What is Mosaic burning and why is it important?
The mosaic is likely to benefit biodiversity by creating a range of vegetation age-classes that suit different species. This is achieved by leaving patches of unburnt vegetation that can act as a animal refuge after fire, and by reducing the risk and impact of uniform, large-scale fires.
Why do some ecologists prefer to burn patches of bush leaving other patches unburnt?
We light patchy burns or burn small areas to create a mosaic of zones, each with a different fire history. The mosaic of burnt and unburnt patches will, the argument goes, increase species diversity (or the abundance of some species) across a landscape, reserve or remnant. Intuitively, this makes sense.
What is the difference between a cool burn and hot burn?
They are also known as fuel reduction burns, prescribed, planned or controlled burns. These burns can often be much hotter than cool burns, with devastating consequences to the burnt areas.
Comparison: Cool vs hot burn.
|Cool burn||Hot burn / hazard reduction burn|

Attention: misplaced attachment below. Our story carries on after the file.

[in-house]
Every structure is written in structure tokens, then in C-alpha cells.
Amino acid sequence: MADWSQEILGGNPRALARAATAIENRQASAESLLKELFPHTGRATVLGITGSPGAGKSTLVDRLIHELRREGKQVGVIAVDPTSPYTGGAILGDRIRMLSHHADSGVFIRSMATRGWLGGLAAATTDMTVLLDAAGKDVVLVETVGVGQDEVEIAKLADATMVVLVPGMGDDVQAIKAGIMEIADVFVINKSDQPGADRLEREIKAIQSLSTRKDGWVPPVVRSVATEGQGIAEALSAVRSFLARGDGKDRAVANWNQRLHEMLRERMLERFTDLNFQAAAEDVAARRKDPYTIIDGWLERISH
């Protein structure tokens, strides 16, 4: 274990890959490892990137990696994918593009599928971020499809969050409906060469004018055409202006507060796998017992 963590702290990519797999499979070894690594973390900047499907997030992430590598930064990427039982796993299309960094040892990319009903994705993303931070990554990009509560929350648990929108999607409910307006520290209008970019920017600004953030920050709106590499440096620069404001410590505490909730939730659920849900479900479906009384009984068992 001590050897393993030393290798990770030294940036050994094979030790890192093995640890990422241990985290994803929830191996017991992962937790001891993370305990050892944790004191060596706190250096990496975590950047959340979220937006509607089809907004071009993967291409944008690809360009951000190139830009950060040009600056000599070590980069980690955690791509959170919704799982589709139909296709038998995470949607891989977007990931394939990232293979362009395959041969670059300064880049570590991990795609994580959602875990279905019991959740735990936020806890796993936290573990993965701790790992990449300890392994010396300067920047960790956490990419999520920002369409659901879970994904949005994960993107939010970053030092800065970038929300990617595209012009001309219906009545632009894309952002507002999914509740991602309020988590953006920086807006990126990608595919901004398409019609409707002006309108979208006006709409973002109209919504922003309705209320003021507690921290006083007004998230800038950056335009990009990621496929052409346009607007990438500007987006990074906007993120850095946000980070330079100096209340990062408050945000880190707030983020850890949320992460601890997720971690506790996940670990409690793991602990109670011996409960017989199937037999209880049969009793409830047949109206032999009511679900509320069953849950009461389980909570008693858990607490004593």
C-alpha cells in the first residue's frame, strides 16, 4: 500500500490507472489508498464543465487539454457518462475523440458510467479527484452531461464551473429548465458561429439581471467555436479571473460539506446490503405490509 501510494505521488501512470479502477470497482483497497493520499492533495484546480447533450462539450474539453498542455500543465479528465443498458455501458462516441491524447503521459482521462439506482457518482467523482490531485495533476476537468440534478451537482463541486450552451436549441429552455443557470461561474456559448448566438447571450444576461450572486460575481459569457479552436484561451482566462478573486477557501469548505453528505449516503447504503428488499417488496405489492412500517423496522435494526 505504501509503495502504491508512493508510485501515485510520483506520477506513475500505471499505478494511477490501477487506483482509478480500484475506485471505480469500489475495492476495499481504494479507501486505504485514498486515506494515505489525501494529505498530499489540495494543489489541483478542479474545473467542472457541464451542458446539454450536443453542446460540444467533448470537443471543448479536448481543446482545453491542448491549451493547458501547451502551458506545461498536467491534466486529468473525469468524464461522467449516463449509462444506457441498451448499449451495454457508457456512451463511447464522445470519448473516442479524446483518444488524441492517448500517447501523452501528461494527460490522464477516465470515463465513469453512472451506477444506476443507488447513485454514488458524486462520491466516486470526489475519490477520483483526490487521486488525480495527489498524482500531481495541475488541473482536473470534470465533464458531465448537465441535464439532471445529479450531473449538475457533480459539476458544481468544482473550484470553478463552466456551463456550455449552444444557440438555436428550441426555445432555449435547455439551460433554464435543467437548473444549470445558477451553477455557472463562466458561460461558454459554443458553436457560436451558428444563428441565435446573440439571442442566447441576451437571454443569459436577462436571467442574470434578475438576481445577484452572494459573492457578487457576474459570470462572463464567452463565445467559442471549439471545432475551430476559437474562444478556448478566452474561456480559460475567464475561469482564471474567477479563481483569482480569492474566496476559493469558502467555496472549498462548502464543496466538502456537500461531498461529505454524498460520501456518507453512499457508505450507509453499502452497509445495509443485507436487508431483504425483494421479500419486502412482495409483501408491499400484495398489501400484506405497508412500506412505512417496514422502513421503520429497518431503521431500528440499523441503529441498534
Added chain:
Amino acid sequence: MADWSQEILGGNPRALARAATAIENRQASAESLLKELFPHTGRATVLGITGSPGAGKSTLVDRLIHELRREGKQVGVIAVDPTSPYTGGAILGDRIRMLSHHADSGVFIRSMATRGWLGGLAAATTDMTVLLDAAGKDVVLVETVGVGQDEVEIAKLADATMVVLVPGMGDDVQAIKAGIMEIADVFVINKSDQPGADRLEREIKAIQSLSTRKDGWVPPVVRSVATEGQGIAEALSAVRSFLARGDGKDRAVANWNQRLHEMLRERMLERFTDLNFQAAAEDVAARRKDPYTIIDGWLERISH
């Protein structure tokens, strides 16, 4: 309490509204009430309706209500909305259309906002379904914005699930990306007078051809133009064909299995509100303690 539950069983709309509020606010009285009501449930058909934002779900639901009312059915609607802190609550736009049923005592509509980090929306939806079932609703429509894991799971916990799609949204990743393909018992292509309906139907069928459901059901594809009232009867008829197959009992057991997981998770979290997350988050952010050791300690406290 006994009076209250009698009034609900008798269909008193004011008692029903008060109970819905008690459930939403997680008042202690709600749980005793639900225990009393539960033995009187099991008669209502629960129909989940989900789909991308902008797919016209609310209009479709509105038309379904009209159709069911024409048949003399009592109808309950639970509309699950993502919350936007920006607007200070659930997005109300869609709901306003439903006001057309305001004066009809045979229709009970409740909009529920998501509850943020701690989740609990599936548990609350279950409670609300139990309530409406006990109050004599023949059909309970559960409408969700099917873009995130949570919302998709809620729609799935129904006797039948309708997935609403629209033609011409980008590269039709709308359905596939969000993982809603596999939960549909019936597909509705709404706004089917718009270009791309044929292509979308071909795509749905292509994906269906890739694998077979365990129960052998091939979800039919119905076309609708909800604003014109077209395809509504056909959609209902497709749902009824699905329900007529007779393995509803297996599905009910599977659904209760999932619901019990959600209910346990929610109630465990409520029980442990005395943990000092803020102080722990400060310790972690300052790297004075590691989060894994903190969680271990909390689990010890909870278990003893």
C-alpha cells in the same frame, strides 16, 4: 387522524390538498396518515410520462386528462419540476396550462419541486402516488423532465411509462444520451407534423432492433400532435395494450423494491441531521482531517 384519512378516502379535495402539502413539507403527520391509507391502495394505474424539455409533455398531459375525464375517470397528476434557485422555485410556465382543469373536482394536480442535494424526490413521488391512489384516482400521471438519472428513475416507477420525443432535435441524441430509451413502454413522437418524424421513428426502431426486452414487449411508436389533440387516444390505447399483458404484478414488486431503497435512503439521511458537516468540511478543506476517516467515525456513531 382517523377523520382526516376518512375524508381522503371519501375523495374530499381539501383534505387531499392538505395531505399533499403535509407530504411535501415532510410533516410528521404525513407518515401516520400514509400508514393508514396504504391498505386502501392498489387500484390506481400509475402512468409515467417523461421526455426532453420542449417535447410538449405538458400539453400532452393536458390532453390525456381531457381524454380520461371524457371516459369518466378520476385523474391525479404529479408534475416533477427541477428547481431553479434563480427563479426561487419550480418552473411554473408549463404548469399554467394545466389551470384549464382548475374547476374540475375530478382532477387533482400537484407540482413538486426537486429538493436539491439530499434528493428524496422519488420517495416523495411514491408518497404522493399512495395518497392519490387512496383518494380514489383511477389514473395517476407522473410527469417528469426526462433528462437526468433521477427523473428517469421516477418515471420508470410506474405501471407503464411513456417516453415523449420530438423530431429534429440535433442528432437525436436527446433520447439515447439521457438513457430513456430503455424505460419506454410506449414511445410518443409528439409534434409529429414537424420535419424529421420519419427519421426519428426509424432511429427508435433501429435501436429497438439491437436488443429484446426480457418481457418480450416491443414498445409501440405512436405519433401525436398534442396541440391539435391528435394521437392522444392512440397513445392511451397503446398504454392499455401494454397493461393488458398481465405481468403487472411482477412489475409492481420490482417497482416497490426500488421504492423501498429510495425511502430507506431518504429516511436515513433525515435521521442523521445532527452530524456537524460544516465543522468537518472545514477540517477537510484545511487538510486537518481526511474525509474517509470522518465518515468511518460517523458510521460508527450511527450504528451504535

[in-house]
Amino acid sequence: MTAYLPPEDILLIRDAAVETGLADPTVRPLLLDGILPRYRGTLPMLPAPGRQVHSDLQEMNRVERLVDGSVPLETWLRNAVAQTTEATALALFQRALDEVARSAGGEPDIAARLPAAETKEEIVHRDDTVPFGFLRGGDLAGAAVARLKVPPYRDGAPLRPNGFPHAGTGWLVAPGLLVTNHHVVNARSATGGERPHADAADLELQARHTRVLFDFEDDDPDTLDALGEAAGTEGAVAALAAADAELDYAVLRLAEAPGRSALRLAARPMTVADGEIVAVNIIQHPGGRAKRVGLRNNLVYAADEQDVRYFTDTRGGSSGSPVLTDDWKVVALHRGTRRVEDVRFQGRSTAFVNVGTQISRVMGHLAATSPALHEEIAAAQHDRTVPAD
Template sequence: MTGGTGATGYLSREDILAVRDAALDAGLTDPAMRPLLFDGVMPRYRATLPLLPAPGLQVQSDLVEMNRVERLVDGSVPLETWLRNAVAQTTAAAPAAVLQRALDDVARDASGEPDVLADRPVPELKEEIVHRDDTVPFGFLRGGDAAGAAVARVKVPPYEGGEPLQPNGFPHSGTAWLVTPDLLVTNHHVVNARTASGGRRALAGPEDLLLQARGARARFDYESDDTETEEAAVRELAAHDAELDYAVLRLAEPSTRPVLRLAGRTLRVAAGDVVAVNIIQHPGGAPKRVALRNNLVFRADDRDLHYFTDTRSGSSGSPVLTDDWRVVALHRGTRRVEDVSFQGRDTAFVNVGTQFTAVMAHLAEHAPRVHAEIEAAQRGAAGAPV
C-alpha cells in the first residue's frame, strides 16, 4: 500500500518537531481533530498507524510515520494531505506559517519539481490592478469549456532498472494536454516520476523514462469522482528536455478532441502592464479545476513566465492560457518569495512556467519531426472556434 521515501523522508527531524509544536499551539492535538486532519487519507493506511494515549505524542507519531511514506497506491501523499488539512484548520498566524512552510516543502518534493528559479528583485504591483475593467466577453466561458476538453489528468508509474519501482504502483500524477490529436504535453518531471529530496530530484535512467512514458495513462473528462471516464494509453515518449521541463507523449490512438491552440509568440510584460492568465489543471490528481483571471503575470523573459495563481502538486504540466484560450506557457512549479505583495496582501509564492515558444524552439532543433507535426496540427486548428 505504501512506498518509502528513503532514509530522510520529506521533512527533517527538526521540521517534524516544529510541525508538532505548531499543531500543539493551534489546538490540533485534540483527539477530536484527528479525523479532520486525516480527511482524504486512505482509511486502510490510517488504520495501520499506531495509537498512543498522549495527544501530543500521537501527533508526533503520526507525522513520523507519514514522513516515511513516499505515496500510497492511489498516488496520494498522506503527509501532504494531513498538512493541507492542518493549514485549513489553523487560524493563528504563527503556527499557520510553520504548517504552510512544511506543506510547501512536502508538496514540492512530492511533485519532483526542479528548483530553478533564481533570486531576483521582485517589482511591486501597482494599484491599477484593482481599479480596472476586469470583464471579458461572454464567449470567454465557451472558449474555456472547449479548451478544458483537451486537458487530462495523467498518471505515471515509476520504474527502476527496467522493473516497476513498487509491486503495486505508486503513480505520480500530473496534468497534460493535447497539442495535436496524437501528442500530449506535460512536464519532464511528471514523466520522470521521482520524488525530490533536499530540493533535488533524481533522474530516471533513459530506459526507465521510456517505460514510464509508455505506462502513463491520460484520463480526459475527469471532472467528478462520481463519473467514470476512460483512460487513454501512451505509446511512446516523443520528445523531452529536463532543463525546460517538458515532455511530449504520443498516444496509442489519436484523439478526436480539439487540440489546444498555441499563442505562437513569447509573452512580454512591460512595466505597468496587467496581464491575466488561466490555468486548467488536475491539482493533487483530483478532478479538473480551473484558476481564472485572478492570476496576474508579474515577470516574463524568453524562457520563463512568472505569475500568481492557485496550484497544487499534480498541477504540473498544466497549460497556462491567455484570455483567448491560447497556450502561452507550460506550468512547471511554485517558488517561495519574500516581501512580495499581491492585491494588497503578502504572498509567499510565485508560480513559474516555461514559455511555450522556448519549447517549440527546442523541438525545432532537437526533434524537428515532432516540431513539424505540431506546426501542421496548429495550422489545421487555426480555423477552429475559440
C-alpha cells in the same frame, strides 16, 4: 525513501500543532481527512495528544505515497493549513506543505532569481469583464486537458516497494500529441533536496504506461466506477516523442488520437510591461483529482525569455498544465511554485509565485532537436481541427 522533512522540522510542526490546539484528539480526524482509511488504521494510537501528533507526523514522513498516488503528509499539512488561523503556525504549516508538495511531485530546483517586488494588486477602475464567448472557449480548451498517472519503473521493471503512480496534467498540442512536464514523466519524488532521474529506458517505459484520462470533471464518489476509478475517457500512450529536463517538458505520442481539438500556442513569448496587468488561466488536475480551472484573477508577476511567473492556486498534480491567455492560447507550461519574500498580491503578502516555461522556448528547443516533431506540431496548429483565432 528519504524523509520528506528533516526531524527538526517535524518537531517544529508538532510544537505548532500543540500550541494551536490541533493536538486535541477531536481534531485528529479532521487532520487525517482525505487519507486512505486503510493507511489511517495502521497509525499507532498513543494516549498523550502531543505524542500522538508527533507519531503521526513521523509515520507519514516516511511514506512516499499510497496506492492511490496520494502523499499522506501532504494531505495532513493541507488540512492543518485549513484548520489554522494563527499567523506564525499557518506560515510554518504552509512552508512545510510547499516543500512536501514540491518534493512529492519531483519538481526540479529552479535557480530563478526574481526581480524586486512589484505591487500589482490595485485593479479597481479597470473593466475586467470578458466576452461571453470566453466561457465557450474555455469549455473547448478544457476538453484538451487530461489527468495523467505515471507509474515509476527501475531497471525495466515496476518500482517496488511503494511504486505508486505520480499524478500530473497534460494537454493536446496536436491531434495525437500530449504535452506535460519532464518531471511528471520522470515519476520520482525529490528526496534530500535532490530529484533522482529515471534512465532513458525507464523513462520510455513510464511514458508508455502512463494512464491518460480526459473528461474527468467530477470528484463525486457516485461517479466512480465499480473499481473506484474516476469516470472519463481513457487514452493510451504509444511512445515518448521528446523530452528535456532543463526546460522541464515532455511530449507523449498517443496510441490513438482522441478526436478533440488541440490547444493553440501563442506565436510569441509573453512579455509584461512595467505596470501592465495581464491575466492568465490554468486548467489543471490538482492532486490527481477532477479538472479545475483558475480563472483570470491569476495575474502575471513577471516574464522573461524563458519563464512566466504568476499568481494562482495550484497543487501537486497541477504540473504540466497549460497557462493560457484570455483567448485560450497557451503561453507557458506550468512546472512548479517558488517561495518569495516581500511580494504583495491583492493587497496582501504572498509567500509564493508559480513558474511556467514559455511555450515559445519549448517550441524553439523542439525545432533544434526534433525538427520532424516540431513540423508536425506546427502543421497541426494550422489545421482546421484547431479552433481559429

What is mosaic pattern?
A mosaic is a pattern or image made of small regular or irregular pieces of colored stone, glass or ceramic, held in place by plaster/mortar, and covering a surface. Mosaics are often used as floor and wall decoration, and were particularly popular in the Ancient Roman world.
Why is patch burning used?
It may involve patch burning to create different fire intervals or be used specifically for fuel and hazard reduction purposes. Fire may be used to gain better access to country, to clean up important pathways, control invasive weeds or to maintain cultural responsibilities.
How does Bush burning lead to soil erosion?
Bush burning can cause the soil to lose its ability to absorb and retain water. After a fire, the top layer of soil may become water repellent. This causes rain to drain off the soil without absorbing into the ground.
How effective is cool burning?
Cool burning reduces the amount of damage done by hot fires to ecosystems by promoting new plant growth and clearing natural waste materials. Through collaboration with scientists and policymakers, Indigenous land managers are breaking new ground.